The Nema standard is used for the physical sizing of stepper motors. Be careful of the Nm torque ratings – the Nema standard may incorporate more than one holding torque capacity on any available size. This is especially seen in the more popular Name 23 range. The more holding torque, the more expensive.
The above models will include stepper motor drivers, usually PWM drivers in H-Bridge format, controllers – the interfacing to PC and a power supply. As stepper motors are not DC driven (rather PWM) the builder would step with a much higher voltage but at a constant and therefore controlled current.
Arduino shields are more often than not inadequate as motor drivers (current limitation). Home brewed drives are popular. See below.
There is no constraint on bed size. Bed flexibility is an issue, likewise the gantry. The better the quality, the higher the tolerance.
A common question coming up on the forums is how to calculate motor size. The common answer to this is bigger is not necessarily better. Accuracy is. The sizing of spindle motors is very important. There must be no stalling or overheating through the cutting process. Likewise, in 3D printers the extruder can be the most expensive part to the printer. Head clogging is common amongst the cheaper ranges. The bed and work area also needs to be kept at an optimum temperature.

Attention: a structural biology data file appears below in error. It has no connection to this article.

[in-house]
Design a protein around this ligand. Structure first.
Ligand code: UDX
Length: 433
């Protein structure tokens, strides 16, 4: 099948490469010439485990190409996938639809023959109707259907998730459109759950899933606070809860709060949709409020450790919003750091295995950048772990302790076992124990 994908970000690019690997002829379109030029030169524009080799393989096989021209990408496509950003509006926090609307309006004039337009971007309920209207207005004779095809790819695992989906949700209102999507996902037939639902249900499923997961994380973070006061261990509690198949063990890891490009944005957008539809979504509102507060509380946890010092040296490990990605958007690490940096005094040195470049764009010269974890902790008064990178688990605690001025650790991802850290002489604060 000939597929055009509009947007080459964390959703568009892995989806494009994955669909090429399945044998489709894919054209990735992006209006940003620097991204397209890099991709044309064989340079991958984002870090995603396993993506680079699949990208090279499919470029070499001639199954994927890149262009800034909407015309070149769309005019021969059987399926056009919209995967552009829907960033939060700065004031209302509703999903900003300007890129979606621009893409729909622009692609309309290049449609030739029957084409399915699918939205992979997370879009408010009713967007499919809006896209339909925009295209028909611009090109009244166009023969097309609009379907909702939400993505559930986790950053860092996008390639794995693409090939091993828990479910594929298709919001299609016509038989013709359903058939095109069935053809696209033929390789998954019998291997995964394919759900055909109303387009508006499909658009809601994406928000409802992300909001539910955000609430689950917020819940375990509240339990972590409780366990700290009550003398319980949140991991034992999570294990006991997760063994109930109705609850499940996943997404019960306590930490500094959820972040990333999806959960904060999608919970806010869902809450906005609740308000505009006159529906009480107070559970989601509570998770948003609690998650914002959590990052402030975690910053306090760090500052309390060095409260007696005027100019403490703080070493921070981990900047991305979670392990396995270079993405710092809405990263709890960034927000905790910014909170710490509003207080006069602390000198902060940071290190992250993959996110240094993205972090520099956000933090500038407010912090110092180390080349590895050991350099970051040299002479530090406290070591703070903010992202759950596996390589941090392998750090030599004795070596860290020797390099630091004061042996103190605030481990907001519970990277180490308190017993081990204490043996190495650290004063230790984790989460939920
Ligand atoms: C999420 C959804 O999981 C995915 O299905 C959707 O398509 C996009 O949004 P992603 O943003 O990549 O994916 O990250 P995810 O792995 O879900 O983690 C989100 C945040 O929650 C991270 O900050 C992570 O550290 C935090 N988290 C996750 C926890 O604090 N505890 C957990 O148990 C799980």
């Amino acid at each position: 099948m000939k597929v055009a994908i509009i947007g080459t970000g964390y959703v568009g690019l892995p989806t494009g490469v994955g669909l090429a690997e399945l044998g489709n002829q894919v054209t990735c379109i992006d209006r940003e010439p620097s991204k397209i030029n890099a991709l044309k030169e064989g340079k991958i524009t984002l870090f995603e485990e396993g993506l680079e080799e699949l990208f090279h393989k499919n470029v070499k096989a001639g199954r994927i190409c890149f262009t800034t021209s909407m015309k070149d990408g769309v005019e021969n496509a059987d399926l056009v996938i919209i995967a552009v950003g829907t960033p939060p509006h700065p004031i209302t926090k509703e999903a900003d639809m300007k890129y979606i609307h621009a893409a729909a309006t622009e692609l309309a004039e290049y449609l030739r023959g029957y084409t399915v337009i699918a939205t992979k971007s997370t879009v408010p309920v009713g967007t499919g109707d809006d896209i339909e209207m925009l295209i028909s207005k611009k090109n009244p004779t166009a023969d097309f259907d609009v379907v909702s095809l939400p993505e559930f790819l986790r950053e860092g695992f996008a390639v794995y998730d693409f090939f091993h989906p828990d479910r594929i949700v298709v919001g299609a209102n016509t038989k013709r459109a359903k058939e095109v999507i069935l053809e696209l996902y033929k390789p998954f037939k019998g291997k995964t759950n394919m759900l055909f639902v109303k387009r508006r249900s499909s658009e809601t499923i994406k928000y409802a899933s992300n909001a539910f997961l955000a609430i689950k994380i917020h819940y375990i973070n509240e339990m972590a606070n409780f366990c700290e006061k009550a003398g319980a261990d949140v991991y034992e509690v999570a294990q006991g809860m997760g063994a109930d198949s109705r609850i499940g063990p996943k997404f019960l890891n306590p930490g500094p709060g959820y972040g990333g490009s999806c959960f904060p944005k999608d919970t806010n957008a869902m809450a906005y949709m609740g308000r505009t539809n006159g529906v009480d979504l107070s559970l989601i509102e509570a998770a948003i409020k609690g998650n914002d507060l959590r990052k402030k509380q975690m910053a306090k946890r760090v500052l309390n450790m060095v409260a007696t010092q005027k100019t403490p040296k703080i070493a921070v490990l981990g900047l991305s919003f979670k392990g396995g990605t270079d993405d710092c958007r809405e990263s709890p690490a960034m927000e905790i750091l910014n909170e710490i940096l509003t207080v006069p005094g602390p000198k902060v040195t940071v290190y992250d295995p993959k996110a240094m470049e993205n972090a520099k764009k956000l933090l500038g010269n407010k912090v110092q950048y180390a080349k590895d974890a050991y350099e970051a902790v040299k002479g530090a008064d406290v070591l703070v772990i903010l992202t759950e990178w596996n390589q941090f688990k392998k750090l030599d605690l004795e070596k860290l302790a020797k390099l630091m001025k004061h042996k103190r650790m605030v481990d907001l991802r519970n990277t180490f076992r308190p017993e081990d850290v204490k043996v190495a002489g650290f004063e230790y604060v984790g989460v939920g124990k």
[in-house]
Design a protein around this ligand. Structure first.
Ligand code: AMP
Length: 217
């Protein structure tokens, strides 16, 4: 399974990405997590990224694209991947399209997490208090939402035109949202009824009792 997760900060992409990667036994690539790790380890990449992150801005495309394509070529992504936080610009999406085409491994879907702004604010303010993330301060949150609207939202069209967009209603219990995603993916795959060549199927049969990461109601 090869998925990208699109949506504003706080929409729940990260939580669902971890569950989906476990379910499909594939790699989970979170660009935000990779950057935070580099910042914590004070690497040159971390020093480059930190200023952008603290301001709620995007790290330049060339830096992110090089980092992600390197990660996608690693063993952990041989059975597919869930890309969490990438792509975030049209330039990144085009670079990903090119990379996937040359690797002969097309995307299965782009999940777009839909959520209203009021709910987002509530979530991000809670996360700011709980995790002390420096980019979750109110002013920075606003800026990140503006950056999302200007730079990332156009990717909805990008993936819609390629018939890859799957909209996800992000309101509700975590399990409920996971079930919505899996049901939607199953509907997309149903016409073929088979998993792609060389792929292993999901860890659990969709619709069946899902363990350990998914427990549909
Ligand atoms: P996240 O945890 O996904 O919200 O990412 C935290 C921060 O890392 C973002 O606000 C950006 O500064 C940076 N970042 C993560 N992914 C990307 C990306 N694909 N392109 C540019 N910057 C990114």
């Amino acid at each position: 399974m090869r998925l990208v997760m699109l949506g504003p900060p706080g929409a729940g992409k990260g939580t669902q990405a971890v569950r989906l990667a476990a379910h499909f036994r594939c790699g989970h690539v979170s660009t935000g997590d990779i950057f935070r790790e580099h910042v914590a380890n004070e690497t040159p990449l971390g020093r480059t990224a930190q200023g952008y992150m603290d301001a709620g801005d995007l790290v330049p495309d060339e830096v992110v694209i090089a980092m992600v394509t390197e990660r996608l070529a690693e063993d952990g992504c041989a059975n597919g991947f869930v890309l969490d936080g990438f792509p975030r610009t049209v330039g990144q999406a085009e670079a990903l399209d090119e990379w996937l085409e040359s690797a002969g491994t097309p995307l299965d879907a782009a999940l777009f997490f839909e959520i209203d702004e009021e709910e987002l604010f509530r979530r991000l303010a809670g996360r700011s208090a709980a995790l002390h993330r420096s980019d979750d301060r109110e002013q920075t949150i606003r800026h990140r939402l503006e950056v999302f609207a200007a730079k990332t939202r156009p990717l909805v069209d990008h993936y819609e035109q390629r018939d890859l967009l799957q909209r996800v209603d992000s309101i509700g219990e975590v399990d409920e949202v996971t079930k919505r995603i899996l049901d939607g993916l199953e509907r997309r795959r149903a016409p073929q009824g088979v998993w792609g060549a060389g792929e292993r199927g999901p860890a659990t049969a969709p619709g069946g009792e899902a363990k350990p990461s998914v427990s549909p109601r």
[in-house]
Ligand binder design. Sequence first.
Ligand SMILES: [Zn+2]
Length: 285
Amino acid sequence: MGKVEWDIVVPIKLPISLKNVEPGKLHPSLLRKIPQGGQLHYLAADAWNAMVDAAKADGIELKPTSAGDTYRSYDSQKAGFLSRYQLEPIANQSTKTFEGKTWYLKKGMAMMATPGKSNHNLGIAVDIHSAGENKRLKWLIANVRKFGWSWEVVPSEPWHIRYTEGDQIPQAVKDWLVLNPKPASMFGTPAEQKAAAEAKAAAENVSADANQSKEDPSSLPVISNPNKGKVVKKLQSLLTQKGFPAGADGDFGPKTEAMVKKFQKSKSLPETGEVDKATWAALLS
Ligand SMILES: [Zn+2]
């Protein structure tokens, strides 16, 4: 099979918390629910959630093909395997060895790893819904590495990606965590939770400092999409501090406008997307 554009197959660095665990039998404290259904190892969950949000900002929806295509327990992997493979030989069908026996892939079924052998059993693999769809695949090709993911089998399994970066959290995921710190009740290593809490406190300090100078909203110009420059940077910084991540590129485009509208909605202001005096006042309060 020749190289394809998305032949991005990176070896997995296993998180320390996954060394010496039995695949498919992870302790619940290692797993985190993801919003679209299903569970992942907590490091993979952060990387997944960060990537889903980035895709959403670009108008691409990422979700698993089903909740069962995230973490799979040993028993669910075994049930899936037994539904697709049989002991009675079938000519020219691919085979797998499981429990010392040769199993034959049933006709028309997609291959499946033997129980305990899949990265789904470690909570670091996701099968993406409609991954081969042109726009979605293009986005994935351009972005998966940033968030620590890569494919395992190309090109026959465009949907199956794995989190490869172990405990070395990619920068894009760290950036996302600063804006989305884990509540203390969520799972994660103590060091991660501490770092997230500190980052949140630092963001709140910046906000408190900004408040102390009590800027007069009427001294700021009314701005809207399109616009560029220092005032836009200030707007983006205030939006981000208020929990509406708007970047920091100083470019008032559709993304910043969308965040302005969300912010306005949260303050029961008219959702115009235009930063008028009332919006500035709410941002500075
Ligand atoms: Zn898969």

Parts and accessories.
We now have a slew of outlets advertising 3D modeling kits and parts for CNC machines. Ball and lead screws are very expensive so shop around. In my own checks the retails stores all seem to be very competitive. It would be great if local manufacturers could also start playing in this space to force prices down.